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PD1 inhibitors have shown some benefit in the management of advanced melanoma, and it is considered standard of care to offer treatment to patients following the resection of advanced melanomas. However, not all tumor types respond to therapy, nor are patients all at the same risk for recurrence.

Presenting at the American Association for Cancer Research Annual Meeting, (Presentation #CT181), a team of researchers has suggested a strategy to optimize use of the agents.

New Findings

Researchers from the University of Pennsylvania’s Perelman School of Medicine had previously shown that effects of anti-PD1 therapy can be detected in the blood three weeks after treatment initiation. They hypothesized that it might also be possible to detect anti-PD1 effects in resected tissue. Rather than withhold treatment until after melanoma resection, as is commonly done, researchers administered a single dose of anti-PD-1 drugs to a series of 27 patients with stage 3 or 4 resectable melanoma before surgery. They looked for anti-tumor activity in the resected tumor three weeks later.

Eight of the 27 (30 percent) patients had a complete or near-complete response after the single dose was detected at the time of surgery, and all of these patients remain cancer free. More than 50 percent of the remaining patients had recurrence of their disease at one year.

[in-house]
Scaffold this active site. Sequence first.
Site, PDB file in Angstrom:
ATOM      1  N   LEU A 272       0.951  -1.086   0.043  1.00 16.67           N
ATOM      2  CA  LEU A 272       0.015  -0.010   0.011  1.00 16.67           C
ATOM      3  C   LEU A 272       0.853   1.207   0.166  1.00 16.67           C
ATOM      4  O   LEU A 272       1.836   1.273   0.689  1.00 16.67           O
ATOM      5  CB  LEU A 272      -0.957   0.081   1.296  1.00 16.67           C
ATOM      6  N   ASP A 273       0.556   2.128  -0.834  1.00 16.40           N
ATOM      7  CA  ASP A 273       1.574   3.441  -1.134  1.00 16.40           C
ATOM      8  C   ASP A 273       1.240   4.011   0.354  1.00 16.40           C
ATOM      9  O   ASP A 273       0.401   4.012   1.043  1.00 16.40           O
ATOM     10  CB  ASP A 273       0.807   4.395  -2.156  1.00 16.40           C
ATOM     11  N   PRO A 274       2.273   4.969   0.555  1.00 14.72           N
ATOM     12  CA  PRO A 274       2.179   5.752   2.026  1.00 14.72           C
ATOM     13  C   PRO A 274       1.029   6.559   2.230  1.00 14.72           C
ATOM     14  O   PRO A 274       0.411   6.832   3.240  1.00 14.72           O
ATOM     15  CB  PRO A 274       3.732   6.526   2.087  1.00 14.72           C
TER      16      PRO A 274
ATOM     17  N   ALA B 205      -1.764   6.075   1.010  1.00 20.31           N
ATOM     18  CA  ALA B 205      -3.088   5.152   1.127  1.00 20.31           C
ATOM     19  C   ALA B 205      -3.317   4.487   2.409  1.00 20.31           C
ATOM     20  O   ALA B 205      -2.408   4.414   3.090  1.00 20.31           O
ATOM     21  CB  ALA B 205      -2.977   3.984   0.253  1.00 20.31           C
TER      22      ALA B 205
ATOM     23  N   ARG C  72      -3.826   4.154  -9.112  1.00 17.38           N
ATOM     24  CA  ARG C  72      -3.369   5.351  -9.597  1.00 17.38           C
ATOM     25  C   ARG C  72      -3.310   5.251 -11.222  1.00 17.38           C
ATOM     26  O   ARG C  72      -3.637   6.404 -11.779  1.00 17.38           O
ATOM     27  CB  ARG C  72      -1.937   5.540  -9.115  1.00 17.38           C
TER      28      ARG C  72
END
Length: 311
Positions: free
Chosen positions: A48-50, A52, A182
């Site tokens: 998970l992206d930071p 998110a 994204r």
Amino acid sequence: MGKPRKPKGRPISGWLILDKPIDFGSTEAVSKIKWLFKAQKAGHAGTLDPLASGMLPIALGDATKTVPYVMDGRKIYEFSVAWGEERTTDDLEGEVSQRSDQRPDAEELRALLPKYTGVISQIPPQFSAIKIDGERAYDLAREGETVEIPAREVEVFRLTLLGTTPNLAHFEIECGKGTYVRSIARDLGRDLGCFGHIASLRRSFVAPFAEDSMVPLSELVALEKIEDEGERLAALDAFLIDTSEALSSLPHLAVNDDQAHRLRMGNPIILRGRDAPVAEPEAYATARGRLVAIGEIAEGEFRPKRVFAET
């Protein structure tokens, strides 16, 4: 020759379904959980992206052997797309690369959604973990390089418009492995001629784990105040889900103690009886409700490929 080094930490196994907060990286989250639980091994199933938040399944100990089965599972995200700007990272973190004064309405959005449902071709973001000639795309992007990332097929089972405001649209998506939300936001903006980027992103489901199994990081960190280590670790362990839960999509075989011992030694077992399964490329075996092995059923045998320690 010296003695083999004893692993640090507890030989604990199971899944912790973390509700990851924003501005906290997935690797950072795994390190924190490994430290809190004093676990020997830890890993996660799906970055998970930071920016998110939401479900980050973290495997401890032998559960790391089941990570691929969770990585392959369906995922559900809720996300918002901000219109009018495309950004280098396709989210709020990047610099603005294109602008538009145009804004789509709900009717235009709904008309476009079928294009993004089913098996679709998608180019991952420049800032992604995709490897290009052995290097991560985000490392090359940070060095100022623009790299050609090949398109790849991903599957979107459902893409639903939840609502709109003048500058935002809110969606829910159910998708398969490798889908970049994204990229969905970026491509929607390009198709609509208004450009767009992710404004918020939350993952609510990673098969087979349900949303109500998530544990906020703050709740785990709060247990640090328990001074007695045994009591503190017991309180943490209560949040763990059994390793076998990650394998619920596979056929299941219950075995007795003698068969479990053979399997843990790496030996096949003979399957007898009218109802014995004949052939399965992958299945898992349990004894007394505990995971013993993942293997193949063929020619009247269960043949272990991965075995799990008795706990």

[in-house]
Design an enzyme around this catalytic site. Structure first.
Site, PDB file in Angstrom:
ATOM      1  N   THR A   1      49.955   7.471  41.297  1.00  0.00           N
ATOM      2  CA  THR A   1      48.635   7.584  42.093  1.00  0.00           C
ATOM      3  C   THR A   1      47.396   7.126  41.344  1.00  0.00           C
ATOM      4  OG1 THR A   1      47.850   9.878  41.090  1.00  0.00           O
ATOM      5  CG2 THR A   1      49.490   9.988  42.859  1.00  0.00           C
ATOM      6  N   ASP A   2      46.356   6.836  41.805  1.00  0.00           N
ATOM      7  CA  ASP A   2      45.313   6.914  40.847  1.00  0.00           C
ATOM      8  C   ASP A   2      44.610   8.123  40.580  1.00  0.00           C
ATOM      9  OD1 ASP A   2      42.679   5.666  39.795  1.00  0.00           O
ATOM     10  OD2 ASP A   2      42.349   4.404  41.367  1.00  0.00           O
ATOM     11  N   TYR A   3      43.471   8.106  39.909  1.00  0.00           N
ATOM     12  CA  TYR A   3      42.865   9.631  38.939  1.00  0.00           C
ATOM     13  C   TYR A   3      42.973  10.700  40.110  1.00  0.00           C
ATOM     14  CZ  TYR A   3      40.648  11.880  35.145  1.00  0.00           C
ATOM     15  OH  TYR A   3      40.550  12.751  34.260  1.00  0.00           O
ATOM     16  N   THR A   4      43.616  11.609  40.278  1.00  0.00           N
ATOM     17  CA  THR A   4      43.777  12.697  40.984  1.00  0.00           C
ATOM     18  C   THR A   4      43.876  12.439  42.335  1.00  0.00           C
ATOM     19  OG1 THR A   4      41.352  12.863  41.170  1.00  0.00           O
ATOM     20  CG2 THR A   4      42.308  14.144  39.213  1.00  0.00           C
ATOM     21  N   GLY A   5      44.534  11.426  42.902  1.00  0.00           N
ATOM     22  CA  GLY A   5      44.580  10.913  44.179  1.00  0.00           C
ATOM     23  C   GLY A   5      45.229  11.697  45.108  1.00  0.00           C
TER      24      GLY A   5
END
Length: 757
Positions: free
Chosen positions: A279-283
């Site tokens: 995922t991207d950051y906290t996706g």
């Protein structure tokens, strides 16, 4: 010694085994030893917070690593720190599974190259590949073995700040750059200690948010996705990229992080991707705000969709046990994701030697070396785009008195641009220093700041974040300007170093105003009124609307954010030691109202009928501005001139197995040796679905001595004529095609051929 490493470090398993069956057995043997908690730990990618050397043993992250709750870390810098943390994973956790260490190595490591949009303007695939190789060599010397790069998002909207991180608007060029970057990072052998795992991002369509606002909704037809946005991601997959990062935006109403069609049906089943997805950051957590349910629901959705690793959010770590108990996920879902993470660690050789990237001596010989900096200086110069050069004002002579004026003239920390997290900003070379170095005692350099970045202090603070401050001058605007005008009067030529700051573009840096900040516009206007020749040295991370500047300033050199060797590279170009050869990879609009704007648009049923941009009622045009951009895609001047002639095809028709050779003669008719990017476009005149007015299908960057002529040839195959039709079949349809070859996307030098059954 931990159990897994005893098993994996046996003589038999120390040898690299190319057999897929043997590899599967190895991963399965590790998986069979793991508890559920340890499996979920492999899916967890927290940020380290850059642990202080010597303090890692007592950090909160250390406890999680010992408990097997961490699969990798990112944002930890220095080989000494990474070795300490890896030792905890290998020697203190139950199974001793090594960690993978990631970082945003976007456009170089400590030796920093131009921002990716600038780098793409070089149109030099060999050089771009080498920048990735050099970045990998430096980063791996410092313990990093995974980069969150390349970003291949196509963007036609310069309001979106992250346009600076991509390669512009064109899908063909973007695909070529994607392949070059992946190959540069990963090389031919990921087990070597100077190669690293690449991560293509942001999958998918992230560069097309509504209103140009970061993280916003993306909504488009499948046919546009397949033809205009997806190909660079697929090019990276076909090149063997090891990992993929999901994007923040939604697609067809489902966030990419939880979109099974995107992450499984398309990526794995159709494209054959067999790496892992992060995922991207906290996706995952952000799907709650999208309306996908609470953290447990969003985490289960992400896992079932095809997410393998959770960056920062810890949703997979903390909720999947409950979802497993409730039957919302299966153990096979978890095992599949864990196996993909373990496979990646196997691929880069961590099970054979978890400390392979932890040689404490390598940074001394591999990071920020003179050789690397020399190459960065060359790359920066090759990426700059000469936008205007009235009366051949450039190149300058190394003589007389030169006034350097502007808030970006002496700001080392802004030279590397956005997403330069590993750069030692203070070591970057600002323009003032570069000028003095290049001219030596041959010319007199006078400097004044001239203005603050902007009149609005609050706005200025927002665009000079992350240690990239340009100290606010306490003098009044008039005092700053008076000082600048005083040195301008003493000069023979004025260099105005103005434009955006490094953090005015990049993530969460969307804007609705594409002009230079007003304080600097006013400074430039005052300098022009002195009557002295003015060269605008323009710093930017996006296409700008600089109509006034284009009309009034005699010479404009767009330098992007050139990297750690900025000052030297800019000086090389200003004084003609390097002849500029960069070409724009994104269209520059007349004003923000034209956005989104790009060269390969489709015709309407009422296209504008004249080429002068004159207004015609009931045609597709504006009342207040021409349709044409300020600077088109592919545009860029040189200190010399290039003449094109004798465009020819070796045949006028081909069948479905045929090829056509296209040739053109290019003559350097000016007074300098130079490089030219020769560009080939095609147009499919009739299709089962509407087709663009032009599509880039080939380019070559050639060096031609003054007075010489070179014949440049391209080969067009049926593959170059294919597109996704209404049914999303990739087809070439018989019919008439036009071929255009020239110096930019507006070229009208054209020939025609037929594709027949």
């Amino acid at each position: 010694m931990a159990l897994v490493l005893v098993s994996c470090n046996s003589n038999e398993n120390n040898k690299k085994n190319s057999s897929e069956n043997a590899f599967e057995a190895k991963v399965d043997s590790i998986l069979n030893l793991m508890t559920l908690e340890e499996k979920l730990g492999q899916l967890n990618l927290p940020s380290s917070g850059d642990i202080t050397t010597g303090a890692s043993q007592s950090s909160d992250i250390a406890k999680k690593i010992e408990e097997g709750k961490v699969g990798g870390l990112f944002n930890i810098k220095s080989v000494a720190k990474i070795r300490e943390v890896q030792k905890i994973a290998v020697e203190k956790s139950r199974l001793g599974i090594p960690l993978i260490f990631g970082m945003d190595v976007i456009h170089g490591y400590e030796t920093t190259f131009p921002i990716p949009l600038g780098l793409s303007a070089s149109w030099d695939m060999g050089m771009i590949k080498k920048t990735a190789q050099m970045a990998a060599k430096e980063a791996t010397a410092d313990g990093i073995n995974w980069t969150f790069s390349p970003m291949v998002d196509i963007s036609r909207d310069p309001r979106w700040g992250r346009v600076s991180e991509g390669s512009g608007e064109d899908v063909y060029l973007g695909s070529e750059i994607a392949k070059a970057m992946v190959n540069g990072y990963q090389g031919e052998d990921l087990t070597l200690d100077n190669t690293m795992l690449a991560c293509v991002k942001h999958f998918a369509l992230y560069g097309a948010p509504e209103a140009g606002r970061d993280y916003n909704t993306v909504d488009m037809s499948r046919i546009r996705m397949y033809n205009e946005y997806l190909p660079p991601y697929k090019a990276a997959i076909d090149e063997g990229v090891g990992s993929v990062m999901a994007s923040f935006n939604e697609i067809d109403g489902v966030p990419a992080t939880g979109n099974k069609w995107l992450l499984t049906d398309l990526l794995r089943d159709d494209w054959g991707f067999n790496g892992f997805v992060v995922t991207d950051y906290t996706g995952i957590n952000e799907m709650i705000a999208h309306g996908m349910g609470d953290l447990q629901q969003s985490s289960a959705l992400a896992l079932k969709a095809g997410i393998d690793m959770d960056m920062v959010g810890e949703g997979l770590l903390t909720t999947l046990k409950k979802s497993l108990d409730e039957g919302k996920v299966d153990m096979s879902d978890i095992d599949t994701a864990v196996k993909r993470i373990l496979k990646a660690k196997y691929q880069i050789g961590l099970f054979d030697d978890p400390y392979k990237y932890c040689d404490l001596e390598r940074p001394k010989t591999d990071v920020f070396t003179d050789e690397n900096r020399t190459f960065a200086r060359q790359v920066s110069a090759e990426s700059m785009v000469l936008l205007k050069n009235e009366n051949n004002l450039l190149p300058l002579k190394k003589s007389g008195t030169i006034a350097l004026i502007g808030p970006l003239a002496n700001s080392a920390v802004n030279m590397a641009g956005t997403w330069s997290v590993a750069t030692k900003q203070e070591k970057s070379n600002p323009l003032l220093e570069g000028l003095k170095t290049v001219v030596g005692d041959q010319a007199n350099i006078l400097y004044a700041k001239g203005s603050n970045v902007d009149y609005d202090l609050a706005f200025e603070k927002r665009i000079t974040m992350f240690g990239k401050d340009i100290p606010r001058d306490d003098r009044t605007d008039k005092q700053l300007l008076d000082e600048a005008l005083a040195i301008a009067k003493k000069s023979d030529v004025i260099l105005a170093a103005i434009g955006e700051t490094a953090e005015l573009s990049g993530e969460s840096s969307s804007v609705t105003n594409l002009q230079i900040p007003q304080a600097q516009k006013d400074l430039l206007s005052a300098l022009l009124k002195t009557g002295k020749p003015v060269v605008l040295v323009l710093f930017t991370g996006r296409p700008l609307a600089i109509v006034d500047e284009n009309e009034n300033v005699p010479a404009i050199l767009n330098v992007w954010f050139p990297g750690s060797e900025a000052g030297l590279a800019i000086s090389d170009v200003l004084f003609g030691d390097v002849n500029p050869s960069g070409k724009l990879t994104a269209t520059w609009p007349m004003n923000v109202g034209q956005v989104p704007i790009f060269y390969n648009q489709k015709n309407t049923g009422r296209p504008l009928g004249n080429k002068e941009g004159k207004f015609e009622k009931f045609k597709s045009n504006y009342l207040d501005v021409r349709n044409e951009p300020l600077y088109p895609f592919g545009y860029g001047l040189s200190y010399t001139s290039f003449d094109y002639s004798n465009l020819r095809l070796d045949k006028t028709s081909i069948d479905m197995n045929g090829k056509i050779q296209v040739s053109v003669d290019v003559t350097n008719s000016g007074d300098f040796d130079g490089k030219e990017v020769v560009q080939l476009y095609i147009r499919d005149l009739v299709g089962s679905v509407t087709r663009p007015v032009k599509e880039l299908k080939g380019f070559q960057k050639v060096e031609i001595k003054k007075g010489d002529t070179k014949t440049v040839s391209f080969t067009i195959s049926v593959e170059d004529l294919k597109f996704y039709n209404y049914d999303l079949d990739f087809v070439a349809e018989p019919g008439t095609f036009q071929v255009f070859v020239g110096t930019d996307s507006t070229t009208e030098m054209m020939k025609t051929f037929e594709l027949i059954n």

Researchers also analyzed tumor tissue from pre-treatment biopsies and compared it the resected tissue. They found an increase in CD8 T cells and PD-L1 expression. They say these findings indicate the immune system had already become active against the cancer at the time of surgery.


The team encourages future study, suggesting that if the results can be duplicated they may influence future approaches to treatment. Additionally, they hope findings can better elucidate the mechanisms of drug activity and tumor resistance.

Clinical dermatologists welcome advancements that may increase survival in individuals with advanced melanoma. As the first line in the diagnosis and staging of tumors, dermatologists play a critical role in directing patients to care and are often integral to the process of educating patients and monitoring them in the long-term.

The critical importance of proper staging—and as a consequence proper referral and management—cannot be overstated. AJCC staging remains the validated standard, and sentinel lymph node biopsy is informative when indicated. Other tools are emerging to provide additional information and support decision-making. These include gene expression profiling, as addressed recently in this column.

Jonathan Wolfe, MD is an Associate Professor of Dermatology at the University of Pennsylvania.

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